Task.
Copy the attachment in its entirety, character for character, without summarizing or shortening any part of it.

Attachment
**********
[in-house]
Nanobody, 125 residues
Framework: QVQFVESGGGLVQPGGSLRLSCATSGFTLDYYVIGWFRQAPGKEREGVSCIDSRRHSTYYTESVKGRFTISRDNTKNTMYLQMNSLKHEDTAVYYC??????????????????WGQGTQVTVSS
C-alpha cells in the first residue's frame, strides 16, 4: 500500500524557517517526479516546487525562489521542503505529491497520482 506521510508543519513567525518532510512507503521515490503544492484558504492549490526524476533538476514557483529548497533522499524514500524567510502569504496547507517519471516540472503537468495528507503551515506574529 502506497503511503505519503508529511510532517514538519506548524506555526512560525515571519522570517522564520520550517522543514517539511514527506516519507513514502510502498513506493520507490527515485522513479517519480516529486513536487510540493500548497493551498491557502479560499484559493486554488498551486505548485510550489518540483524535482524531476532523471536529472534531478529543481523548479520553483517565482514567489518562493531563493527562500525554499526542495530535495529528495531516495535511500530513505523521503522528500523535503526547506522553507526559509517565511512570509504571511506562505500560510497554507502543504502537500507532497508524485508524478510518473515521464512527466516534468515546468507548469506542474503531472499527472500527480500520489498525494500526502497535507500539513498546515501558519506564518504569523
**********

[in-house]
Nanobody, 125 residues
Framework: QVQFVESGGGLVQPGGSLRLSCATSGFTLDYYVIGWFRQAPGKEREGVSCIDSRRHSTYYTESVKGRFTISRDNTKNTMYLQMNSLKHEDTAVYYC??????????????????WGQGTQVTVSS
C-alpha cells in the first residue's frame, strides 16, 4: 500500500524557517517526479516546487525562489521542503505529491497520482 506521510508543519513567525518532510512507503521515490503544492484558504492549490526524476533538476514557483529548497533522499524514500524567510502569504496547507517519471516540472503537468495528507503551515506574529 502506497503511503505519503508529511510532517514538519506548524506555526512560525515571519522570517522564520520550517522543514517539511514527506516519507513514502510502498513506493520507490527515485522513479517519480516529486513536487510540493500548497493551498491557502479560499484559493486554488498551486505548485510550489518540483524535482524531476532523471536529472534531478529543481523548479520553483517565482514567489518562493531563493527562500525554499526542495530535495529528495531516495535511500530513505523521503522528500523535503526547506522553507526559509517565511512570509504571511506562505500560510497554507502543504502537500507532497508524485508524478510518473515521464512527466516534468515546468507548469506542474503531472499527472500527480500520489498525494500526502497535507500539513498546515501558519506564518504569523